Together with the noisiness of the Greatest Recession, governmental deficits, and National Health Reform, a quiet and little-noticed revolution is taking place in our notions about the role of one’s community in health and well-being. Here, I hope to chronicle these important developments and to draw out some of their key implications. These inaudible steps can be expected to have very loud and transformative consequences.
For longer than a century, sociologists have examined the role that one’s community plays in child development, self-concept, sociality, social networks, marriage, sense of well-being, criminal behavior, and even health. As an example of the latter, Emile Durkheim studied the key role of anomie—the absence of community—in the genesis of suicide. Now, after an equally long period in which we have almost completely divorced clinical care from the community, we are rediscovering some of these important linkages.
Let me contrast two very different types of communities. For illustrative purposes, I will overdraw the differences.
Community 1 is resourceful in what it offers both financially and interpersonally to its members. People who live there know that they and their family are supported by others in the community, and that the community provides personal, social, economic, and cultural opportunities for them. They have a positive sense of well-being and good quality of life. Health of community members is at least good, and lifespan is at least moderately long.
Community 2, by contrast, is impoverished in what it is able to offer its members. People who live there are likely to feel isolated from others, and to perceive that the community offers little if any opportunities for them. Rather, the environment is more likely to be perceived as threatening. Families with children are likely to be very concerned about their children’s future. In this environment, one is not likely to have a good sense of well-being, and is not likely to perceive that the quality of life is very good. Healthy of community members is usually poor, and lifespan is relatively short.
This contrast has motivated modern work by Michael Marmot and David Satcher. They have examined the role that social and physical determinants of health play in promoting positive health status and well-being. Related work is being done by the CDC on health-related quality of life and well-being. Similarly, the national Healthy People 2020 project has supported the inclusion of indicators that reflect health promotion and disease prevention, and the Robert Wood Johnson Foundation, in conjunction with CDC, has developed a set of county health indicators. Underlying all of this work is the usually-unstated assumption that one’s community plays a very large role in one’s health and well-being.
What are some of the major implications for us?
Focus on Person within Community Personally, I think that most of us, if given a choice, would choose to live in Community 1. However, many persons with mental illness and substance use conditions are forced to live in Community 2. For these people, modern work shows that this latter community context plays a role in exacerbating illness, in downward social mobility, and even in premature death. Hence, as we go forward with National Health Reform, we will need to focus not only on the whole person, but also on the person’s real community context.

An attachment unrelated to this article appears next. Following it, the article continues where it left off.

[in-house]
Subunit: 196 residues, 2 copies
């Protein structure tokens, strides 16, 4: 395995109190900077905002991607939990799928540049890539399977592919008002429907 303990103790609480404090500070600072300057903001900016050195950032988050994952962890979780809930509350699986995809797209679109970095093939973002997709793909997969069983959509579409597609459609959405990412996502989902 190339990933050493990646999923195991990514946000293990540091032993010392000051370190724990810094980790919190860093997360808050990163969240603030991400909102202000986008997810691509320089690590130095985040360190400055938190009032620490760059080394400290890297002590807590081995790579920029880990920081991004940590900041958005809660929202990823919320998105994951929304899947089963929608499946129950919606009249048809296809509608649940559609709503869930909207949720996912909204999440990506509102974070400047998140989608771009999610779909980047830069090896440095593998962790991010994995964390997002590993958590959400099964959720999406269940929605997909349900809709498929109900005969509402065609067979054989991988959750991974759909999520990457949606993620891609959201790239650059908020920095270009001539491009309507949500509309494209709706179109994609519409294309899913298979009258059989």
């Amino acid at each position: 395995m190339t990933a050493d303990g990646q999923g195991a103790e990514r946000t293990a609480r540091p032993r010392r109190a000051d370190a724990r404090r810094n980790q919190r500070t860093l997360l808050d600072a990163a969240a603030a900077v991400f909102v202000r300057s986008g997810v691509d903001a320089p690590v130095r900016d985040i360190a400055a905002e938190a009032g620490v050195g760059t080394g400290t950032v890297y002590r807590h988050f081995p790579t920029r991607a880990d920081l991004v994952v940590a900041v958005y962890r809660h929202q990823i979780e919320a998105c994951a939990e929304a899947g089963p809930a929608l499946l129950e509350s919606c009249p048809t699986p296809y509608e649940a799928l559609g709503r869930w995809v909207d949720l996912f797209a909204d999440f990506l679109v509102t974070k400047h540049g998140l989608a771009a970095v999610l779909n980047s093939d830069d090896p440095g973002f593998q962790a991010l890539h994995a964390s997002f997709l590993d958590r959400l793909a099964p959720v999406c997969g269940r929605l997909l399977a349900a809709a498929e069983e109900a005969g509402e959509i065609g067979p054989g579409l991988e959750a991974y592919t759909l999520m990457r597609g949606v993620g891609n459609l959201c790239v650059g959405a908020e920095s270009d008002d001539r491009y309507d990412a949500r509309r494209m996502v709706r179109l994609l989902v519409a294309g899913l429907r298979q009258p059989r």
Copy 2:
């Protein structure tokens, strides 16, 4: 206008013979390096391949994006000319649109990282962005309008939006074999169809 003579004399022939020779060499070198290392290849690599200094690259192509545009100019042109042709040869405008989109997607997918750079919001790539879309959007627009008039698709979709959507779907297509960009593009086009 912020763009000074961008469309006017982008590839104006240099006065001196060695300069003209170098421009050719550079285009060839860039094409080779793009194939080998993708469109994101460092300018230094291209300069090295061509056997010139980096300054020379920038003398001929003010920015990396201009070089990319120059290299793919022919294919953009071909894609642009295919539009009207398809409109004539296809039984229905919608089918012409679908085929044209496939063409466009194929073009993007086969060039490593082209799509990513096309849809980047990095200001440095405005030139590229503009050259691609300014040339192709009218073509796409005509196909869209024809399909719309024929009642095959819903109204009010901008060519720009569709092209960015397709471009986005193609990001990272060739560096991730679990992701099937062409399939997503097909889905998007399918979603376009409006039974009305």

Foster Improved Community Life Following Michael Marmot and David Satcher, we will need to foster communities that promote a strong sense of well-being and a good quality of life. In this quest, the tools of public health will be needed to prevent disease and to promote positive health, and the tools developed by peers will be needed to reduce social isolation, instill hope, and promote recovery for those with mental and substance use conditions. I am reminded of Carl Bell’s oft stated assertion that disease prevention is an essential tool to eliminate community health disparities.
Develop Structures that Sustain the Effort Our work will have little effect if it cannot be sustained. Therefore, we will need to link our community building efforts to the emerging tools of National Health Reform, as well as to the tools and trends now emerging in our fields. These include components such as the essential health benefit, the medical/health (and community) home, the accountable care organization, peer tools, such as navigation and supports to promote recovery, and clear peer and community leadership. A skeletal prototype that combines these elements emerged from the recent ACMHA Summit in New Orleans: a peer-led accountable community wellness organization. An urgent need exists to develop this concept at the operational level.
Dare to Act As the fields designed to promote change and transformation, it should not take a great leap to broaden our efforts to encompass the community. More likely, it may be more difficult to muster the courage necessary. To this I ask, if not us, then who? More than three decades ago, I and several colleagues developed the concept of a community-based health promotion organization. For the entire intervening period, the concept has remained dormant. My fervent hope is that we may now actually be on the cusp of an era in which we have the tools and the will to make it real.
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